Did any of you see this opinion piece from the August 26, 2016 Wall Street Journal? I'd be interested in hearing your comments about it.
I'm posting this here as a public service to my fellow Detroiters & ex-pats under the laws of Fair Use and not reproduced for profit. Blah blah blah blah. If Lowell says I can't do it, I'm sure he'll tell me.
How Detroit Can Liberate Its ‘Extreme Rebels’
Boost job growth in the Motor City by rolling back occupational licensing laws.
Jarrett Skorup and Jacob Weaver
Aug. 26, 2016 5:38 p.m. ET
Detroit’s motto is Speramus Meliora; Resurget Cineribus—We hope for better things; It will rise from the ashes.
This slogan now seems more appropriate than ever, as local leaders try to bring the economy back from the brink, three years after Detroit became the largest U.S. city ever to file for bankruptcy.
Mayor Mike Duggan, a Democrat, has signaled that he wants to encourage business and entrepreneurship. He says he is “betting big on small business,” while setting up job fairs and grants for small companies. Speaking to a group of young entrepreneurs in June, Mr. Duggan said that only “extreme rebels come to Detroit.” Departing from his city’s often hostile rhetoric toward business represents a positive change, but Detroit still has a long way to go.
An easy, no-cost way to boost job growth would be to roll back unfair and arbitrary occupational-licensing laws. Such rules mandate that potential workers and entrepreneurs undergo training, take classes and exams, and pay fees to hold a particular job or provide a service. Detroit currently requires licenses for at least 60 occupations. Since the state of Michigan already obligates workers to earn licenses for about half of these jobs, Motor City workers licensed by the state have to pay additional fees and meet another set of requirements to work.
Consider the contractor who installs and repairs elevators. Getting a state license to work in that field requires passing a state-imposed test and paying a $200 fee. Anyone who wants to practice that trade in Detroit must pay the city an extra $142 in fees and pass another oral and written test, which cost an additional $176. This means that it costs $318 more to be an elevator contractor in Detroit than anywhere else in Michigan. Plumbers, electricians, fire-alarm technicians, welders and other workers face even more obstacles to work in Detroit.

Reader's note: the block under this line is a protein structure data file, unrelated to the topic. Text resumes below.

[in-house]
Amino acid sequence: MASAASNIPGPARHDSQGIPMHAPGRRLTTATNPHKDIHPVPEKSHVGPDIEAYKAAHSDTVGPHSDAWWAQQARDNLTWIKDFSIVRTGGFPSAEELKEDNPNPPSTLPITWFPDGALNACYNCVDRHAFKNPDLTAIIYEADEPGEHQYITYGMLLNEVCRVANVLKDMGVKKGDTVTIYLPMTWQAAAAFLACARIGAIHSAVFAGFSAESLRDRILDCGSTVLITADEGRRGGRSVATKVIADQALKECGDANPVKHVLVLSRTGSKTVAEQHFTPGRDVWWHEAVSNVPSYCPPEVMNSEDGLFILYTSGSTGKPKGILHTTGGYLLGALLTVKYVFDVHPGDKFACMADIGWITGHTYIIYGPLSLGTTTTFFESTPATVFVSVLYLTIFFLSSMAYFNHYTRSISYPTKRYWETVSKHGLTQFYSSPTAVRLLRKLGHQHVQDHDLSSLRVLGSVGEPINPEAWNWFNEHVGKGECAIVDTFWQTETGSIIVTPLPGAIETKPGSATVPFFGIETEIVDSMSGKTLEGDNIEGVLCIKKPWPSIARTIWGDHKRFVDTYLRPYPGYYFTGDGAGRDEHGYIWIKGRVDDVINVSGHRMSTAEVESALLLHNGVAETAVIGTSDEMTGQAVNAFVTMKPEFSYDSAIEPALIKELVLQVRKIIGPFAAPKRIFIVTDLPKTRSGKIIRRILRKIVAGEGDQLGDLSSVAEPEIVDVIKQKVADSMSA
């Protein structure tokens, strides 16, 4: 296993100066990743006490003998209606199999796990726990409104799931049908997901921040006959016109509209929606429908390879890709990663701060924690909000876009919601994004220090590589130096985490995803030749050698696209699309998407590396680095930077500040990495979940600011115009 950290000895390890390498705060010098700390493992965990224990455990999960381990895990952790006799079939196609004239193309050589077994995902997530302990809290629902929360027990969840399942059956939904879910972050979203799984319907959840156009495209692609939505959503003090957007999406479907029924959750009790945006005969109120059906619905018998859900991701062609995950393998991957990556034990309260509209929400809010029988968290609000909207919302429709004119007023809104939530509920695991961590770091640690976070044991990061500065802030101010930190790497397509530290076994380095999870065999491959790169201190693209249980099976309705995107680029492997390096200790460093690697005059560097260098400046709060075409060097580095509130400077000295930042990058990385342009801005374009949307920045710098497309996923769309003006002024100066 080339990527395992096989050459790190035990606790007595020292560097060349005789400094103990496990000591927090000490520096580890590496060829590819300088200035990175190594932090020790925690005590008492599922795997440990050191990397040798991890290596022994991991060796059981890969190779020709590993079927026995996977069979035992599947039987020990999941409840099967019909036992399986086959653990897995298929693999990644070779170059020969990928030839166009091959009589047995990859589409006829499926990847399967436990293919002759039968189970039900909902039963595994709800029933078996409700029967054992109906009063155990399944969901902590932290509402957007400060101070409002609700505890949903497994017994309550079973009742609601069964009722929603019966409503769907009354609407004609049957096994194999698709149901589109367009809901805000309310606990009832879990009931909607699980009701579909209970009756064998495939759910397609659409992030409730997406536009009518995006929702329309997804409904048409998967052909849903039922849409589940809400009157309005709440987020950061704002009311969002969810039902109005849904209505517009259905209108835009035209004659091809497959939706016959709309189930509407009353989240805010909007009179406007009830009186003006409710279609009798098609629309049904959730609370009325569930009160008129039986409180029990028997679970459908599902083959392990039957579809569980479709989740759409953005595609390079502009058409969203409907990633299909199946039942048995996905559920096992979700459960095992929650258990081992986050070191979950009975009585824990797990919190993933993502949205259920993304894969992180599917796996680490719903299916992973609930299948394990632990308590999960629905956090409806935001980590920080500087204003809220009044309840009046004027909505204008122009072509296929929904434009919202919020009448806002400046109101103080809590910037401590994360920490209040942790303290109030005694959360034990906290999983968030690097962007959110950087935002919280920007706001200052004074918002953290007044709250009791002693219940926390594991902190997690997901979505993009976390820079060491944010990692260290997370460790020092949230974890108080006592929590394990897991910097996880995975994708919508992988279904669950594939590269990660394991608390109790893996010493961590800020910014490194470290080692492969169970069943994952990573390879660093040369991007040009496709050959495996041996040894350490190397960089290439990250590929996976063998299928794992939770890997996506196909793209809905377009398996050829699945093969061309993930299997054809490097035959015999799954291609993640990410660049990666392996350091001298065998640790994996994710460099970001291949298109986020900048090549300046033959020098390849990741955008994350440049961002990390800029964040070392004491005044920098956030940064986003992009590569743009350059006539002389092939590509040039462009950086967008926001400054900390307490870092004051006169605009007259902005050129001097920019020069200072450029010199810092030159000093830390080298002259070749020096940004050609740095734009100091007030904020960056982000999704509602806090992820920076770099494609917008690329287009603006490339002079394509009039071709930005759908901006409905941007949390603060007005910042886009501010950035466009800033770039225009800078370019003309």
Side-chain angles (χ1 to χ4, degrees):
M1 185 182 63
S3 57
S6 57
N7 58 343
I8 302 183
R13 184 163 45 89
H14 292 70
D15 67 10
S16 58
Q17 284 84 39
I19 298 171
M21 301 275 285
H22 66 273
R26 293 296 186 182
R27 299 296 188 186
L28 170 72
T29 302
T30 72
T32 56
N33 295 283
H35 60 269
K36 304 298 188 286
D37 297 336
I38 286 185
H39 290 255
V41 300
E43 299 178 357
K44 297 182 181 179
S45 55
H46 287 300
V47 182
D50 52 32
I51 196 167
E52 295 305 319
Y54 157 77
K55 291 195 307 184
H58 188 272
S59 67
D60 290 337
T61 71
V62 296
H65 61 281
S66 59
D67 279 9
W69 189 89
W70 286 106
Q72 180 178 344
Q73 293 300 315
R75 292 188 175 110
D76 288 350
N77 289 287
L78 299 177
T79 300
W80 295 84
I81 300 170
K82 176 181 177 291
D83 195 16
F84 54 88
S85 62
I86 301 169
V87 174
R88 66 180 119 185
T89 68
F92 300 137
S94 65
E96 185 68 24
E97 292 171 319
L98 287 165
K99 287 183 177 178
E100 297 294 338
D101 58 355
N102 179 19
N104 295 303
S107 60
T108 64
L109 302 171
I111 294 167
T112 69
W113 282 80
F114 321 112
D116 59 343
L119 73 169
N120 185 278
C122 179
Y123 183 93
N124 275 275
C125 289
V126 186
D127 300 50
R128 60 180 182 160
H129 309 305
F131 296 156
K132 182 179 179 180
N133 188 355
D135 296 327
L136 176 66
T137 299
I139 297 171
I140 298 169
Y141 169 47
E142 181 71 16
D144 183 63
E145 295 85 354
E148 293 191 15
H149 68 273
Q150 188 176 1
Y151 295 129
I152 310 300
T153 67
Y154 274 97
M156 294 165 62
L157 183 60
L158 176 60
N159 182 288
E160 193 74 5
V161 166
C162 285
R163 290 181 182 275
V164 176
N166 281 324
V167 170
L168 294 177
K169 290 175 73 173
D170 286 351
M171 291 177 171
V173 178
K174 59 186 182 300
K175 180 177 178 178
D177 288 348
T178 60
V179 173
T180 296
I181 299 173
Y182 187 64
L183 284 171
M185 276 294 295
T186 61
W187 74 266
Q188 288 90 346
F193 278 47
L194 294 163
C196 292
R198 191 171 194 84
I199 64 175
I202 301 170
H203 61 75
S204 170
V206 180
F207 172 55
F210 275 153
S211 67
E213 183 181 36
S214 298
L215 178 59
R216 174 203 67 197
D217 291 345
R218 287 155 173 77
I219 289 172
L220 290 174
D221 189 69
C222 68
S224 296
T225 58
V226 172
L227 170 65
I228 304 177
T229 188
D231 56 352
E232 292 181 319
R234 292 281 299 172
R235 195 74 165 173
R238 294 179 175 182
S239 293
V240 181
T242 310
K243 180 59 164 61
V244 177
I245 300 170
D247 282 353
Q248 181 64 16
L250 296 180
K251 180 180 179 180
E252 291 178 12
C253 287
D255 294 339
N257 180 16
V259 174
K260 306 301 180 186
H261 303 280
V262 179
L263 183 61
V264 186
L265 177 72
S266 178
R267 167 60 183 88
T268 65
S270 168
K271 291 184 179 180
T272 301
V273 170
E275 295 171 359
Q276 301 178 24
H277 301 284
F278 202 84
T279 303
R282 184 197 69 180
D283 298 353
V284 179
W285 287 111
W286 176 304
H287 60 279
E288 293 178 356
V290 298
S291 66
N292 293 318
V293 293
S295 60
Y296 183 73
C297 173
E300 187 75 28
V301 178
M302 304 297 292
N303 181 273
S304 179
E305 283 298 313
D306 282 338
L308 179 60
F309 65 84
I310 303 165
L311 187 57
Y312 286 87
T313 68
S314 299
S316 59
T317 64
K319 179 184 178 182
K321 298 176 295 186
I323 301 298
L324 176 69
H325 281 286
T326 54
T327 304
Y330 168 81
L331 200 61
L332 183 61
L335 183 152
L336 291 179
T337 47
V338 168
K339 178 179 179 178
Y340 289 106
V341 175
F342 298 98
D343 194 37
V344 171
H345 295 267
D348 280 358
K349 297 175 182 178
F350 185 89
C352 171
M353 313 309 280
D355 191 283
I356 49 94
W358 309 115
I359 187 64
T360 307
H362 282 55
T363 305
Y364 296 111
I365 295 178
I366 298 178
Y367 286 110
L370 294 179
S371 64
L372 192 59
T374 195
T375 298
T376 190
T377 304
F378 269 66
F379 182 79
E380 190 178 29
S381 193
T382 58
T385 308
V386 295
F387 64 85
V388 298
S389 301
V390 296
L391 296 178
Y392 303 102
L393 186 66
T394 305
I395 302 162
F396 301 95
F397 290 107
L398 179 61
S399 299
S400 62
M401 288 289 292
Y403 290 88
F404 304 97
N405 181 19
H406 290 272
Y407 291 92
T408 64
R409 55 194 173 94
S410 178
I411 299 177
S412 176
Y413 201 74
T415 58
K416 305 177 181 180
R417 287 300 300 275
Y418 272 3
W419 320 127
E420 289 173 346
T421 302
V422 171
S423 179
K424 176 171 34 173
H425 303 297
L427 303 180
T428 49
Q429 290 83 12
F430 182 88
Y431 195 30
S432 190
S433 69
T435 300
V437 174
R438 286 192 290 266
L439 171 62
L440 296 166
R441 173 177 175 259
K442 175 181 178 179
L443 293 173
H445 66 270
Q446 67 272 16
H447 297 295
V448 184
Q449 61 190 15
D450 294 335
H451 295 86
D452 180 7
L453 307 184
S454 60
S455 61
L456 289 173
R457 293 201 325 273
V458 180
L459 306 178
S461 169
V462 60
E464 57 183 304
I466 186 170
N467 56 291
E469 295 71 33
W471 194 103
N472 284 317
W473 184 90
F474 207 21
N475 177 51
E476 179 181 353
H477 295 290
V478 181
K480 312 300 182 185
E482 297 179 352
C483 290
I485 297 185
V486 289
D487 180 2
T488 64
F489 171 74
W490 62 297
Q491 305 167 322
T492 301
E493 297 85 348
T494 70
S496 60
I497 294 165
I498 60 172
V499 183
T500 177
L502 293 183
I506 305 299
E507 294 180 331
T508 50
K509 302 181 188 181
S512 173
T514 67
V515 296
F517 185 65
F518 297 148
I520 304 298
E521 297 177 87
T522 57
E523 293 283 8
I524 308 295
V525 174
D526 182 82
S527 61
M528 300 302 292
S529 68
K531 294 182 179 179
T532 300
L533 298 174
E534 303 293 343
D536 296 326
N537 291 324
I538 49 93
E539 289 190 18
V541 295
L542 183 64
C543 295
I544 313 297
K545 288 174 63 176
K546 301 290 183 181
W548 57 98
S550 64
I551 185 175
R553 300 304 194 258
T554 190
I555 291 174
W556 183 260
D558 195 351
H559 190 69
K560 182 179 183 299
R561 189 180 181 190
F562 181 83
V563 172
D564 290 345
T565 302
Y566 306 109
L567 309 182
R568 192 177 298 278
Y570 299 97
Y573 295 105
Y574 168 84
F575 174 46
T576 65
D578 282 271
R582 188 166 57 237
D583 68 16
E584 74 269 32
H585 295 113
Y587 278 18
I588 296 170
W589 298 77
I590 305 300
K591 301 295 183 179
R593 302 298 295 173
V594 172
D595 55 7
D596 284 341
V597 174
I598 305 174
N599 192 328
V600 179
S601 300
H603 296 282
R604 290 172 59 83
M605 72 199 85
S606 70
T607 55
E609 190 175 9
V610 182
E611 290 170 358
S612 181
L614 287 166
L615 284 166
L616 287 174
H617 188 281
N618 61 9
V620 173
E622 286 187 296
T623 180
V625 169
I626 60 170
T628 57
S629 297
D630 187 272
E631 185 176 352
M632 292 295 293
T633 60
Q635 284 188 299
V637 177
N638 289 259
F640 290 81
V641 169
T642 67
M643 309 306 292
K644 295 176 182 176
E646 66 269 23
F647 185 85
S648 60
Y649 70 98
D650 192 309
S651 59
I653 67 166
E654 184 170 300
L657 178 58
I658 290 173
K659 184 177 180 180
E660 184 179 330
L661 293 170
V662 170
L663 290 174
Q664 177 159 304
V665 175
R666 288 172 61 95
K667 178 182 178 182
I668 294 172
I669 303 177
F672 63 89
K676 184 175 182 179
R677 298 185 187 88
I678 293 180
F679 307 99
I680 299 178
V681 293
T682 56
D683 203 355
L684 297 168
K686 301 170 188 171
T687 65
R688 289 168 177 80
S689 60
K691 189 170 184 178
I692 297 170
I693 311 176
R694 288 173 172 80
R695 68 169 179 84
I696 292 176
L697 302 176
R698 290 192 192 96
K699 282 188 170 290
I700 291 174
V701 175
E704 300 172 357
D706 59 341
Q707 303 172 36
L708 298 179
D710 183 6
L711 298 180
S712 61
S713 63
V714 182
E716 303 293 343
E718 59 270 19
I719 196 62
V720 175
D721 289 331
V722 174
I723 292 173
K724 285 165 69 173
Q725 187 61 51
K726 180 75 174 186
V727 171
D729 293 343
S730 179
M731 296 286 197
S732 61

Worse than the financial burden is the extra time and energy needed to comply with the city requirements. Why would a contractor who could find a job elsewhere deal with the trouble of doing business in Detroit? And whom do these redundant requirements benefit? It’s not as if Motown residents are boasting to their friends that they have the safest elevators in Michigan.
Detroit also licenses many professions that the state and the rest of the municipalities in Michigan do not. Furniture movers and auctioneers all need licenses, as do batting-cage operators and even more obscure professions like animal-hide haulers. Is moving safer and more pleasant in the city? Are auction attendees there more satisfied? Do animal hides get transported in a more efficient way? Does it even matter?
Research shows that these barriers restrict job growth and provide no measurable health or safety benefits to the public. Morris Kleiner of the University of Minnesota concludes in a 2015 Brookings Institution paper that licensing requirements cost consumers more than $200 billion and result in up to 2.85 million fewer jobs. As the economic damage becomes more clear, Mr. Kleiner has found allies in groups as ideologically distinct as the Cato Institute and President Obama’s Council of Economic Advisers.
Worse, occupational-licensure regimes disproportionately harm people with low incomes. A study this year from the Mercatus Center shows that entry-level regulations, especially occupational-licensing requirements, contribute to income inequality. That’s because occupational licensing raises the costs of goods and makes it harder for less well-off Americans to find and maintain steady employment. State and federal work rules already contribute to this phenomenon, and Detroit makes it harder still. If the city wants to revitalize its economy, it should cut back most of its occupational-licensure requirements.
In the past few years, a bipartisan group of Michigan state legislators has passed laws to remove licensing requirements for seven professions. With the support of Gov. Rick Snyder, these advances surpass the reforms in every other state combined. Detroit, at the very least, should lower its licensing burden to be equal to state laws. These simple changes would help the city continue to rise from the ashes.
Mr. Skorup is a policy analyst at the Mackinac Center for Public Policy in Midland, Mich., where Mr. Weaver is a research intern.